“I didn’t expect everyday women or beauty junkies to want or like [the palettes],” Denona says. “But artists understand the price — it's the quality, it's for the artist who uses it. I didn’t care about the price to manufacture it, [the makeup is not even priced at] that big of a margin, it’s so expensive. I’m doing what I believe in. I don't look at others, I really have my own ideas and concepts.”

While her 5-Pan Palettes are her best sellers, it’s the big guys, like the Star Palette and the two 28-pans, along with her 10-pan options, that have her creativity and artistry front of mind. Draw a line in any given row (think: three up, three across, not unlike tic-tac-toe) and it’s clear that Denona has thought this through, with each pair or trio seamlessly working together. Go ahead and swatch one of her palettes for yourself and see. The artistry is brilliant.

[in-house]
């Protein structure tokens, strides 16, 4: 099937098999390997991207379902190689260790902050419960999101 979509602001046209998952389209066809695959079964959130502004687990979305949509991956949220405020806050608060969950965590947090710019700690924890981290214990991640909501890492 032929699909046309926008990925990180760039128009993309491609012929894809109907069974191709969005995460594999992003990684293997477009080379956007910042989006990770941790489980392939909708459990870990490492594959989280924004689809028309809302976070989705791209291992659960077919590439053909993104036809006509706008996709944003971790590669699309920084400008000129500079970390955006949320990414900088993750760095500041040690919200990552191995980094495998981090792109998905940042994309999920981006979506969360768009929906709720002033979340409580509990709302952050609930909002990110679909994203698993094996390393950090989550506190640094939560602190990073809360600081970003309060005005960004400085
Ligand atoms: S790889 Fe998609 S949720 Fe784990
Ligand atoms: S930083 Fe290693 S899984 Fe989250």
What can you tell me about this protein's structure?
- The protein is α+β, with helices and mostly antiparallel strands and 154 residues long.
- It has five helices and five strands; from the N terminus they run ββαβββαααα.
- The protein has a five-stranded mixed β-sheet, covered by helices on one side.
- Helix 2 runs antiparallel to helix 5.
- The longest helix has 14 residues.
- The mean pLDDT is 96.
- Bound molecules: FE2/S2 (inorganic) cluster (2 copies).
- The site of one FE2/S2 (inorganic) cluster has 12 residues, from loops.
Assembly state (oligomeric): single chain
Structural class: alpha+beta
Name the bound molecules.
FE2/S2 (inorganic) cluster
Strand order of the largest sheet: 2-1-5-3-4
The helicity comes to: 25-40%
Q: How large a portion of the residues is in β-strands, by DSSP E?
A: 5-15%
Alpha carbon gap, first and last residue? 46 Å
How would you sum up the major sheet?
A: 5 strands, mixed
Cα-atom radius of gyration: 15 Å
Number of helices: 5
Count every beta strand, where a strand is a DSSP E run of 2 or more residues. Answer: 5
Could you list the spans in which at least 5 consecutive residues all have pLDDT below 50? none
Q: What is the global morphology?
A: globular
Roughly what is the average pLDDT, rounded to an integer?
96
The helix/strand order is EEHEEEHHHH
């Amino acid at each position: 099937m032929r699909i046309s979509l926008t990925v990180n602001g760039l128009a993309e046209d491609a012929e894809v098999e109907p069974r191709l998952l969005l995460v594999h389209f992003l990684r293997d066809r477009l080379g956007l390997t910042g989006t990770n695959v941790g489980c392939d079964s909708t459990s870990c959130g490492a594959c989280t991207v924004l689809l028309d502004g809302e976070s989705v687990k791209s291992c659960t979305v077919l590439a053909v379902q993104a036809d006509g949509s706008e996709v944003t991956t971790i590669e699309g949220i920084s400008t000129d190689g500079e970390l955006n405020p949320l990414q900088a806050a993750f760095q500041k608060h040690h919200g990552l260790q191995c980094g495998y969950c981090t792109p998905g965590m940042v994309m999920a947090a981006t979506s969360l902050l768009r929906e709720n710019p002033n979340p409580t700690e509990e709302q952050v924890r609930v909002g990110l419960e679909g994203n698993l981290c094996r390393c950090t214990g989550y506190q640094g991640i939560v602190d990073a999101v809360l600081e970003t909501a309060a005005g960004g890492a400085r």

And there’s even more reason to justify the steep price tag: Her shadow ingredients list high in mica, calcium sodium borosilicate, and dimethicone, all expensive compounds, according to Ginger King, a cosmetic chemist in New Jersey. Like most other shadows, the main ingredient is talc, but Italian talc is different, King explains: “It’s a jet-milled talc, which gives shadows a creamier texture.” Denona’s makeup is manufactured in Italy, home to the highest-quality factories.

Italy is where the vastly differently textured shadows came from in the first place, explains King: “They revolutionized the whole baked, embossed, or debossed” trend of texturizing shadows, of which Denona’s are the new gold standard, perhaps — she currently has eight different shadow textures, including metallic, sparkling, matte, and duo-chrome. Likewise, the jet-milled talc is more transparent, which provides authentic color payoff, eliminating the need for the base many highly pigmented shadows require to show up like they look in the pan, explains King.